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Editorial

College work now pays off in future

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April 16, 2009

College isn’t just a place to socialize, stay up late drinking with friends and experience the rush of finally living out from under the thumb of Mom and Dad. It is manifestly a springboard meant to catapult students into the “real world” by providing a specific skill-set through education. But far too many students at UW-River Falls treat this University as a private resort on some pricey vacation getaway. The Student Voice feels that UWRF students as a whole need to exhibit far more professionalism and responsibility.

College comes with it a healthy dose of hard work. Classes get increasingly hard farther up the academic ladder, each one requiring more and more complex assignments dependent on a widening skills base. Professors treat their classes as if they are the only ones, piling on loads of work, usually in the weeks immediately following spring break. But even though the workload gets intense, students need to just suck it up and do their work. Life doesn’t come with any free passes of ‘get out of jail free’ cards. Future employers won’t tolerate excuses such as “I forgot” or “I’m just so swamped with other stuff right now” when the going gets a little tough. In this harsh economic climate, companies are consistently looking for ways to trim the fat around tightening budgets. And recent grads entering the work force accustomed to on Easy Street are the fat.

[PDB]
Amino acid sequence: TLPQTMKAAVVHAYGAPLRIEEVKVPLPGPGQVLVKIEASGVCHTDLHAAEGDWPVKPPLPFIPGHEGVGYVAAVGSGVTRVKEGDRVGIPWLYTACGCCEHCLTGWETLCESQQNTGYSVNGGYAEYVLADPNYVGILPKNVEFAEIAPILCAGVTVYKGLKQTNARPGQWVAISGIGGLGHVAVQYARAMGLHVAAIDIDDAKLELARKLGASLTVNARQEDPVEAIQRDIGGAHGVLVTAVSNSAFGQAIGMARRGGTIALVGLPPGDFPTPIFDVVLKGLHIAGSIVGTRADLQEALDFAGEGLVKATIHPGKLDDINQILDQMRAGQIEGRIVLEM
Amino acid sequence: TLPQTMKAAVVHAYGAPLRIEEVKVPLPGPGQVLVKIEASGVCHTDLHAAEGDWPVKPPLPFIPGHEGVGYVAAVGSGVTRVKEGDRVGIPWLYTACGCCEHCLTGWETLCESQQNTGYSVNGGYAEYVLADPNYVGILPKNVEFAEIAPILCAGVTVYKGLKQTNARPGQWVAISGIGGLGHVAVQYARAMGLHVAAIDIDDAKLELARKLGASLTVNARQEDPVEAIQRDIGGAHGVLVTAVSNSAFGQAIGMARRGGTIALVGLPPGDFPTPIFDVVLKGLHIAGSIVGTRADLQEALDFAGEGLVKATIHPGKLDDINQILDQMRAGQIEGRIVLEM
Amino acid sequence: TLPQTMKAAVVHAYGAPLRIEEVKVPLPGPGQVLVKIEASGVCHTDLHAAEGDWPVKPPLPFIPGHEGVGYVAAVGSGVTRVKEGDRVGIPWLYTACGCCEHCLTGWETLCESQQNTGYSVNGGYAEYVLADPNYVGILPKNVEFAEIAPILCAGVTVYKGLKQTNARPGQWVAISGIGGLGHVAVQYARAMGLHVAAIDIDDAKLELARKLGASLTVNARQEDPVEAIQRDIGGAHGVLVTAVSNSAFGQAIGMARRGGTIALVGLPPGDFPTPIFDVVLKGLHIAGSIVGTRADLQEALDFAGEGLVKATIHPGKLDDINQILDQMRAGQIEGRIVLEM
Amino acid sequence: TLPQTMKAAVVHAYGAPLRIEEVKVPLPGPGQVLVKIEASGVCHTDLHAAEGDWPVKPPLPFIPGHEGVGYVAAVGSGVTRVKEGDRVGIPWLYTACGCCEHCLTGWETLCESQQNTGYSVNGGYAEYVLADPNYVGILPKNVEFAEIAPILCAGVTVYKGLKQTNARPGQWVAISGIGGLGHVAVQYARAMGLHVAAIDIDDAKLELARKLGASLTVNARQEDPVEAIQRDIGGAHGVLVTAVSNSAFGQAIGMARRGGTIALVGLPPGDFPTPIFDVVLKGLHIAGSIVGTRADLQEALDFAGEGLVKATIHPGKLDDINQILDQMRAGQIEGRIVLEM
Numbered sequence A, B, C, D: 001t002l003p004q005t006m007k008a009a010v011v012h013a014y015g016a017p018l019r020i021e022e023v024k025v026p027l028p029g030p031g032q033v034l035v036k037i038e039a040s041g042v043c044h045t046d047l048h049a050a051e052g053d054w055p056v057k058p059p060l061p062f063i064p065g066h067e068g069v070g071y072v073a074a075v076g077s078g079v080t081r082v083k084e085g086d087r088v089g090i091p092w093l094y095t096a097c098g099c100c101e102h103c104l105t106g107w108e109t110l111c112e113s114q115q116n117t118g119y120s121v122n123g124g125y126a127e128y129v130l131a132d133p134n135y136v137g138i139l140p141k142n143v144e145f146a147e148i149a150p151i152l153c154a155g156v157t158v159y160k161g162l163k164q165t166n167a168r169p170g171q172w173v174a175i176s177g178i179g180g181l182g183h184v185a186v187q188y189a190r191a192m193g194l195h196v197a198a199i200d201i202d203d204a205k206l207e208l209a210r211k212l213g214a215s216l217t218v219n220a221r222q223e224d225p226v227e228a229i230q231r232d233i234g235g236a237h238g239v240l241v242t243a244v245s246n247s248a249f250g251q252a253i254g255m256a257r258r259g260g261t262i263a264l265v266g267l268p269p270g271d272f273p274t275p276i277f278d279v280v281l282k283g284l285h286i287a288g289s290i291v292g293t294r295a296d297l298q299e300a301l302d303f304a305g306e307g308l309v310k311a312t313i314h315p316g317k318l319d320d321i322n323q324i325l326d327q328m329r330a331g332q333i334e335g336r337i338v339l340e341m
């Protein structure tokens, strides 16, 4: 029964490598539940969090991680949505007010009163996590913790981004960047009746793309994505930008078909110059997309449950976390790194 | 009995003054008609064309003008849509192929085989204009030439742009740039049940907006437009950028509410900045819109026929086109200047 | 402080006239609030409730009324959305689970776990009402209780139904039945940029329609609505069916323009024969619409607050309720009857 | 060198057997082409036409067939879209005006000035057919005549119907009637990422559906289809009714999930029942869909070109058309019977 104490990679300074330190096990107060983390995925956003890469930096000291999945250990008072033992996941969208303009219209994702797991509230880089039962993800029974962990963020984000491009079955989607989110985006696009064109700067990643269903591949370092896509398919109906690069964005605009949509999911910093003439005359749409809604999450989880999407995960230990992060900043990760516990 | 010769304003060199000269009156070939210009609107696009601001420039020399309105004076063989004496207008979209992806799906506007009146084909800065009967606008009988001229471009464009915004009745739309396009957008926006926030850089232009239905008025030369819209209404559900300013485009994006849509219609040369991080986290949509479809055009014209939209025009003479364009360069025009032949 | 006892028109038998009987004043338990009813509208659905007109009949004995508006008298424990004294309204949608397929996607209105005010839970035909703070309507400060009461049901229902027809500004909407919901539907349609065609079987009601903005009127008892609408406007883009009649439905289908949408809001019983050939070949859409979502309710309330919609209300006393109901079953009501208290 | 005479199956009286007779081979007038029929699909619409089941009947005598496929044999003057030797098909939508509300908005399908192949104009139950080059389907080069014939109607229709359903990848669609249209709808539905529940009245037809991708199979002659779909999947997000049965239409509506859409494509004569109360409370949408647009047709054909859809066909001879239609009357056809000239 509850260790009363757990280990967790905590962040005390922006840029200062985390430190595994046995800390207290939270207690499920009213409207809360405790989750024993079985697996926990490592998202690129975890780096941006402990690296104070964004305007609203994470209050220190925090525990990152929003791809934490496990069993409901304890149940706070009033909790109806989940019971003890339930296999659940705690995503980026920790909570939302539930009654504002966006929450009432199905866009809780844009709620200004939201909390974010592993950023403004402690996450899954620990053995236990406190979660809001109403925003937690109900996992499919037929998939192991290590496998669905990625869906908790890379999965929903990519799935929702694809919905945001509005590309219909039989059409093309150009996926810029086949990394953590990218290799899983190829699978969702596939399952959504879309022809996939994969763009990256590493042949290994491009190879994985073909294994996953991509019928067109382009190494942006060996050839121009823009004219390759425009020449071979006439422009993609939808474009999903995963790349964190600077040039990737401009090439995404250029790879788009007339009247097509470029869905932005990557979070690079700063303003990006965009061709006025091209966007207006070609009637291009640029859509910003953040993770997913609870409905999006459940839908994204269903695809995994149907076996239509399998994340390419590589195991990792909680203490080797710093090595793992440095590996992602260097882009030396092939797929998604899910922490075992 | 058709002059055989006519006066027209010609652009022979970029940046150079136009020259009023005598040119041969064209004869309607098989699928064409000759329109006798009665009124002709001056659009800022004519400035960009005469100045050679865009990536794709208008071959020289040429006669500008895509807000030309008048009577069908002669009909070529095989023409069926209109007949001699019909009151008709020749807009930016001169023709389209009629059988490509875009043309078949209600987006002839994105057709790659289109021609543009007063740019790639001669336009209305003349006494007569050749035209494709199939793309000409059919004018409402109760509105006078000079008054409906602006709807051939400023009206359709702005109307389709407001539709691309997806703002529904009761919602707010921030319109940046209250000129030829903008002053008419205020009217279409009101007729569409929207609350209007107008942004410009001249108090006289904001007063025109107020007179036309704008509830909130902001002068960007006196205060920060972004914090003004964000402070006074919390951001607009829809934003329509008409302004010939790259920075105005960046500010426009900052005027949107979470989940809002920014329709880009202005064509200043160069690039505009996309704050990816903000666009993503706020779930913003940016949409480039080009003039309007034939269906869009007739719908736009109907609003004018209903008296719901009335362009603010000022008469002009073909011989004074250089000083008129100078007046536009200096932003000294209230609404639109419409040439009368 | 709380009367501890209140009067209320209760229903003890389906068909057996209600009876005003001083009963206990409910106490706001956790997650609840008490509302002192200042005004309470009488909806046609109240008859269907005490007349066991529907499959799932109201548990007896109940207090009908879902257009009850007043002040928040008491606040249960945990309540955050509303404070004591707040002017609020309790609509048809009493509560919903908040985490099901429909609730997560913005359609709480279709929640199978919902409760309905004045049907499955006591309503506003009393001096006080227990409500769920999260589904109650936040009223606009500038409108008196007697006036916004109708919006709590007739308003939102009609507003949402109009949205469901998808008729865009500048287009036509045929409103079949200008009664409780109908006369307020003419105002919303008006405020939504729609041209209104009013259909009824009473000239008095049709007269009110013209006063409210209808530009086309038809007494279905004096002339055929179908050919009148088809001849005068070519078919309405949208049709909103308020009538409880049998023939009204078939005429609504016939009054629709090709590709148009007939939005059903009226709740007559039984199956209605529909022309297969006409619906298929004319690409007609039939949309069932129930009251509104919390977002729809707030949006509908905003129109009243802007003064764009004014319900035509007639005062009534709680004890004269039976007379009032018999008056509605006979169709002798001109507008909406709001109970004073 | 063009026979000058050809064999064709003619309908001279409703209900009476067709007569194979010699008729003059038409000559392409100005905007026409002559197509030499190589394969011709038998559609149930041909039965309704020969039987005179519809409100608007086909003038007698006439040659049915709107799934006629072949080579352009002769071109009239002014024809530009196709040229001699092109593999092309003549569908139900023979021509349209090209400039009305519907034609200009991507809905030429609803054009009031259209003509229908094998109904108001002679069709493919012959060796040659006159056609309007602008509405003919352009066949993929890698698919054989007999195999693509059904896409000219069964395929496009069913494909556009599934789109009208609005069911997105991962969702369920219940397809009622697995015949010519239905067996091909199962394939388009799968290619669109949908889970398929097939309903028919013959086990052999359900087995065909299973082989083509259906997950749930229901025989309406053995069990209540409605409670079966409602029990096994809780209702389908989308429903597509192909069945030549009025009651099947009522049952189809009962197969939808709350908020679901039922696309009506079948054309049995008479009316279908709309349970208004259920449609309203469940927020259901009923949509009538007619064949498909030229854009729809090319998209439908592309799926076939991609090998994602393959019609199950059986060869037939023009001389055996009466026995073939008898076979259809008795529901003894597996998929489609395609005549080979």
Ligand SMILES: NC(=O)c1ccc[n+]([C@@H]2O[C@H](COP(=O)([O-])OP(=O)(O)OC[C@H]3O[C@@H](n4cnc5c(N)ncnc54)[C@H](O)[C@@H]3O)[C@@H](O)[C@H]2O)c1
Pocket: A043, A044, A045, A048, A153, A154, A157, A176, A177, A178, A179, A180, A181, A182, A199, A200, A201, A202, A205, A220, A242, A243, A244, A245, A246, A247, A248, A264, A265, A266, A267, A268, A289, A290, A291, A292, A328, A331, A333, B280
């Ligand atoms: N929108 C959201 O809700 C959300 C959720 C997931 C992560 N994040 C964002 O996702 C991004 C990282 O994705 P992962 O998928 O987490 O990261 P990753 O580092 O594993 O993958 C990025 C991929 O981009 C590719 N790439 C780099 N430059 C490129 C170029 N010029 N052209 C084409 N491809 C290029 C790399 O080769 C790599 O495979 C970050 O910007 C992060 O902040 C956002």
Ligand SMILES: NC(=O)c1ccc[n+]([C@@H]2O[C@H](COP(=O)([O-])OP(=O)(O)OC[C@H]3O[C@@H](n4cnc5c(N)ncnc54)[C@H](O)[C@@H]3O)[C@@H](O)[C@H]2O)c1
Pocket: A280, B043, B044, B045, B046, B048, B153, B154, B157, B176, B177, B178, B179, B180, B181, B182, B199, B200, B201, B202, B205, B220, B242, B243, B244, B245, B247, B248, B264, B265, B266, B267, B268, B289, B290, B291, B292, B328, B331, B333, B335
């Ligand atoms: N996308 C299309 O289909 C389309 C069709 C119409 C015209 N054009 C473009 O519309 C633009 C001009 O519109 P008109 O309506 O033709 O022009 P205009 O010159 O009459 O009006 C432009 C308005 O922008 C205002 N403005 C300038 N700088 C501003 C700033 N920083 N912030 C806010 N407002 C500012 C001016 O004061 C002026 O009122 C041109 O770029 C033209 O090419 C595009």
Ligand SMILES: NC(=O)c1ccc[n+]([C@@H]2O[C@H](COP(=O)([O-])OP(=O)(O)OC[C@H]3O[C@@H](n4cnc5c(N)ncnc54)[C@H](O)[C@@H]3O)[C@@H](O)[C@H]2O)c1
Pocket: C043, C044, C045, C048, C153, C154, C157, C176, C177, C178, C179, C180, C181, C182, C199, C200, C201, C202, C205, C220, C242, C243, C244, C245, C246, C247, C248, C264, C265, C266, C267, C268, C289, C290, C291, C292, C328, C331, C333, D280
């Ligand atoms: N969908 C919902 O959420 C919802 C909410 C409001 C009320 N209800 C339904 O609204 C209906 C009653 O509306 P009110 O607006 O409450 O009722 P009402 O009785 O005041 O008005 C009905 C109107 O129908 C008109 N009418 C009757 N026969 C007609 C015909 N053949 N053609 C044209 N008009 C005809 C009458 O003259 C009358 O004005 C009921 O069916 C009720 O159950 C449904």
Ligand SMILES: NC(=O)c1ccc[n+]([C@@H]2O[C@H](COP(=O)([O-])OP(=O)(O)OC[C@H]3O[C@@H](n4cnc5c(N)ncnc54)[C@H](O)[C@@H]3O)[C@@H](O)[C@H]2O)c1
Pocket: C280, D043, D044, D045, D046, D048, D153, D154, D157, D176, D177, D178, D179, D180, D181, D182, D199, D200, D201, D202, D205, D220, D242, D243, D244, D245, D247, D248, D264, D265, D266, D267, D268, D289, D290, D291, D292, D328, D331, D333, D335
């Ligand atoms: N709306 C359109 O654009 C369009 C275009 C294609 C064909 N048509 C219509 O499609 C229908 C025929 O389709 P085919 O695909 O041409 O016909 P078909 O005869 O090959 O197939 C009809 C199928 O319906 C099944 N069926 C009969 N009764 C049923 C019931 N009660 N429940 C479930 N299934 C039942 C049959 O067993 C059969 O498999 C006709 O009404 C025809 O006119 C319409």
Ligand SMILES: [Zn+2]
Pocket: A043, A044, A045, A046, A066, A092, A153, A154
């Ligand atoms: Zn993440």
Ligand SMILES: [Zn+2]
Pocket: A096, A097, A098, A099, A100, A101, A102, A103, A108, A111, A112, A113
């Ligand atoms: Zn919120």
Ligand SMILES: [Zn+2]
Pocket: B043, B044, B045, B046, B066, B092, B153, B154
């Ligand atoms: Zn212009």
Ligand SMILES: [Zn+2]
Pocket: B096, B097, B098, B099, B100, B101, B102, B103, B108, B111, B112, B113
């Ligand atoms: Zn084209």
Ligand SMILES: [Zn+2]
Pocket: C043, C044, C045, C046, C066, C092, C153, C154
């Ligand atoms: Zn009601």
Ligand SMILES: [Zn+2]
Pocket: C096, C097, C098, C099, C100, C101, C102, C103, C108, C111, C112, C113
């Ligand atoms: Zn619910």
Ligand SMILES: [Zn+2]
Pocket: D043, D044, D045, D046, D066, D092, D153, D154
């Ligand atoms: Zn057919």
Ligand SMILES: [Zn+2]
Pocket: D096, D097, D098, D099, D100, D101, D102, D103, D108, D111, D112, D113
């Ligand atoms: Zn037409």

An easy way to keep up with homework, a time-honored and proven method, is to go to class. Far too many students are paying increasing tuition prices for the right to sleep in and play video games online. Every time a student skips class for some extra shut-eye or because they are playing Halo 3 on Live, the academic integrity of UWRF goes down. The student body is the future. People graduating now will run the major corporations someday, represent our country overseas someday, be the President someday. It is more than a little worrisome that the future prioritizes video gaming and keggers over going to class and doing homework.

But this sense of responsibility and professionalism doesn’t just apply to homework and class attendance. Every student enrolled at UWRF is constantly living the role of University Ambassador. Everywhere every student goes, every action and decision they make (good or bad), reflects on UWRF. Students need to be aware of this fact and act accordingly. You never know who could be watching you, making a note that could affect your future.